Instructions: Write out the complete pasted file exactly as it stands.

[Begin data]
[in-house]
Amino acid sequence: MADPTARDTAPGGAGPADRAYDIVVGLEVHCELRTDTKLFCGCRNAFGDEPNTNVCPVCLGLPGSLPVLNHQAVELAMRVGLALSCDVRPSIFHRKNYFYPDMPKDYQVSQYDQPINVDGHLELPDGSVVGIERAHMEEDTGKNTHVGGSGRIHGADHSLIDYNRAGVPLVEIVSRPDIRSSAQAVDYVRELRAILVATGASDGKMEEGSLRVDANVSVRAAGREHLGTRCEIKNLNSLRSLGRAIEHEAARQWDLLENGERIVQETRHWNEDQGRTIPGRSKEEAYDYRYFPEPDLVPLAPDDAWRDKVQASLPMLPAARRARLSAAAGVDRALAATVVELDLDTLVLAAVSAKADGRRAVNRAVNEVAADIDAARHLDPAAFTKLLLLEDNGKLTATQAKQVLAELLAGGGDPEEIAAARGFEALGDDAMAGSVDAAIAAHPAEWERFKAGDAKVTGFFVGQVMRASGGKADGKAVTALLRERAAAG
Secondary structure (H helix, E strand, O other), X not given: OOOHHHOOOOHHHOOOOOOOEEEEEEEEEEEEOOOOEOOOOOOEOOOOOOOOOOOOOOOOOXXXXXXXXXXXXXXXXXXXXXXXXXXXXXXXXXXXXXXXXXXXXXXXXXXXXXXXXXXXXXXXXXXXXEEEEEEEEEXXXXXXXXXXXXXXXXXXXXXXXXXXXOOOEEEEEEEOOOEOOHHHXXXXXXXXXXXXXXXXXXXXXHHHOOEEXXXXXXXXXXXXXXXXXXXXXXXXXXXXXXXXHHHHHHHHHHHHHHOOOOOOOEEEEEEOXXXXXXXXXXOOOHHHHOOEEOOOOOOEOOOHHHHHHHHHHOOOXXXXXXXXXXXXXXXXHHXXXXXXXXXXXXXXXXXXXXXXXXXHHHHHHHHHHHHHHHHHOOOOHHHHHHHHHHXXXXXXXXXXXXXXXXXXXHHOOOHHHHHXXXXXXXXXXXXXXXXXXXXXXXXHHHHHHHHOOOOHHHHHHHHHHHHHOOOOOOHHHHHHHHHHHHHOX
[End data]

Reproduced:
[in-house]
Amino acid sequence: MADPTARDTAPGGAGPADRAYDIVVGLEVHCELRTDTKLFCGCRNAFGDEPNTNVCPVCLGLPGSLPVLNHQAVELAMRVGLALSCDVRPSIFHRKNYFYPDMPKDYQVSQYDQPINVDGHLELPDGSVVGIERAHMEEDTGKNTHVGGSGRIHGADHSLIDYNRAGVPLVEIVSRPDIRSSAQAVDYVRELRAILVATGASDGKMEEGSLRVDANVSVRAAGREHLGTRCEIKNLNSLRSLGRAIEHEAARQWDLLENGERIVQETRHWNEDQGRTIPGRSKEEAYDYRYFPEPDLVPLAPDDAWRDKVQASLPMLPAARRARLSAAAGVDRALAATVVELDLDTLVLAAVSAKADGRRAVNRAVNEVAADIDAARHLDPAAFTKLLLLEDNGKLTATQAKQVLAELLAGGGDPEEIAAARGFEALGDDAMAGSVDAAIAAHPAEWERFKAGDAKVTGFFVGQVMRASGGKADGKAVTALLRERAAAG
Secondary structure (H helix, E strand, O other), X not given: OOOHHHOOOOHHHOOOOOOOEEEEEEEEEEEEOOOOEOOOOOOEOOOOOOOOOOOOOOOOOXXXXXXXXXXXXXXXXXXXXXXXXXXXXXXXXXXXXXXXXXXXXXXXXXXXXXXXXXXXXXXXXXXXXEEEEEEEEEXXXXXXXXXXXXXXXXXXXXXXXXXXXOOOEEEEEEEOOOEOOHHHXXXXXXXXXXXXXXXXXXXXXHHHOOEEXXXXXXXXXXXXXXXXXXXXXXXXXXXXXXXXHHHHHHHHHHHHHHOOOOOOOEEEEEEOXXXXXXXXXXOOOHHHHOOEEOOOOOOEOOOHHHHHHHHHHOOOXXXXXXXXXXXXXXXXHHXXXXXXXXXXXXXXXXXXXXXXXXXHHHHHHHHHHHHHHHHHOOOOHHHHHHHHHHXXXXXXXXXXXXXXXXXXXHHOOOHHHHHXXXXXXXXXXXXXXXXXXXXXXXXHHHHHHHHOOOOHHHHHHHHHHHHHOOOOOOHHHHHHHHHHHHHOX